Neurocordulia yamaskanensis (Provancher, 1875)
NatureServe Global Rank: G5
Virginia State Rank: S2
VA DGIF Tier: IV
Federal Legal Status: None
Virginia Legal Status: None
Description: The Stygian Shadowdragon is an entirely light-brown dragonfly, including the eyes. The wings are clear with a dark or amber patch at the wing base, larger on the hindwing. The thorax is grayish on the sides and darker above, with a white line down the middle. The size ranges from 45-55 mm (1.8 - 2 .2 inches).
Similar species: Other shadowdragon species in Virginia, such as the Umber Shadowdragon (N. obsoleta), have small amber spots along the leading edge of the wings. The white line down the center top of the thorax is also distinctive. Due to their crepuscular flight, shadowdragon species are very difficult to identify on the wing, so catching and releasing is likely necessary.
North American Range: Stygian Shadowdragons are Northeastern in distribution, from Maine and southern Ontario south through the Appalachians to Kentucky and Tennessee. In Virginia, they are found in higher elevation western counties.
VA Observations by Locality: Scott | Alleghany | Floyd | Giles | Grayson | Radford, City of | Shenandoah | Grayson | Scott
Flight season and broods: Adult Stygian Shadowdragon have been recorded from 7 May - 28 June in Virginia.
Aquatic Habitat: Stygian Shadowdragon prefer medium to large mountain rivers.
Behavior and Ecology: Shadowdragons fly very fast only in the late evening low over the water surface, so are rarely noticed except by deliberate effort. Occasionally they are found roosting in vegetation near their river habitat.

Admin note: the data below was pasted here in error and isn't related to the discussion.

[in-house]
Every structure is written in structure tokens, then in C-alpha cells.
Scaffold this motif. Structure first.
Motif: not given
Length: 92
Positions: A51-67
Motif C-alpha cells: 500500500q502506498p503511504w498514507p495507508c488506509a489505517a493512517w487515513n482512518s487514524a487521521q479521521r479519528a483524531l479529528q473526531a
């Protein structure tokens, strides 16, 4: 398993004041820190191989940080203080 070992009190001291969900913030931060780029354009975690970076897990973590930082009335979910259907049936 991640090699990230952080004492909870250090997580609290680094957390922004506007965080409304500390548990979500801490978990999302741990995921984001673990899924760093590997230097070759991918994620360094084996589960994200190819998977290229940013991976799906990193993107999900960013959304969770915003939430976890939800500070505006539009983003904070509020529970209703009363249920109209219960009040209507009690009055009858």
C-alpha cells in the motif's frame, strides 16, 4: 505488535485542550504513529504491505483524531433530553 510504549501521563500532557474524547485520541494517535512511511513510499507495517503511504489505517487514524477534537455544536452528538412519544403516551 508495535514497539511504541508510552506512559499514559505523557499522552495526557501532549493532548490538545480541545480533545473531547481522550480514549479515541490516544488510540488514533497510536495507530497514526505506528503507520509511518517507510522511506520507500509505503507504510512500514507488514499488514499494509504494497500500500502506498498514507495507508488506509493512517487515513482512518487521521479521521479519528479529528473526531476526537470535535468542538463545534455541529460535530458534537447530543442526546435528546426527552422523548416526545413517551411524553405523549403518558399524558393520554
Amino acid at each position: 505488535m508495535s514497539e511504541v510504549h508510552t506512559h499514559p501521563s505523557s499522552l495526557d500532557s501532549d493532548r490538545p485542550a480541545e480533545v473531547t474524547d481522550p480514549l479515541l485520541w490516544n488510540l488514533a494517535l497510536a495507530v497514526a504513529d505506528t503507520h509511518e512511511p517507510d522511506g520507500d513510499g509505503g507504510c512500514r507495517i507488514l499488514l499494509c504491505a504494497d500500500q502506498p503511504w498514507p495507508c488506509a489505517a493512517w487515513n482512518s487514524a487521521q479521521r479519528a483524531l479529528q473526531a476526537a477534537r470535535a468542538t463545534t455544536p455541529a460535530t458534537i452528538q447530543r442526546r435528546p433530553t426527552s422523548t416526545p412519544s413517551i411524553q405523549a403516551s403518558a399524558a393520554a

Population trend and potential threats: It is regarded as imperiled in many states throughout its range (NatureServe, 2011), though the difficulty of observing the species may obscure its actual occurrence.
Management practices: Monitor and preserve occupied habitats.
References: Carle, F.L., 1982. A contribution to the knowledge of the Odonata. Ph.D. thesis, Virginia Polytechnic Institute and State University, Blacksburg, Virginia. 1,095 pp.
NatureServe. 2011. NatureServe Explorer: An online encyclopedia of life [web application]. Version 7.1. NatureServe, Arlington, Virginia. Available http://www.natureserve.org/explorer (Accessed: Nov. 8, 2012).
Paulson, Dennis. 2011. Dragonflies and Damselflies of the East. Princeton University Press. Princeton and Oxford. 538 pp.
Roble, Steven M. 2011. Dragonflies of Virginia- Flight dates. Unpub.
Virginia Department of Conservation and Recreation, Natural Heritage Program, 600 E. Main St., 24th Floor, Richmond, VA 23219
This atlas was compiled
by the VA Natural Heritage Program with funds provided by the VA Dept. of Game and Inland Fisheries through a state wildlife grant
from U.S. Fish and Wildlife Service
Last Modified: Tuesday, 24 January 2017, 10:12:03 PM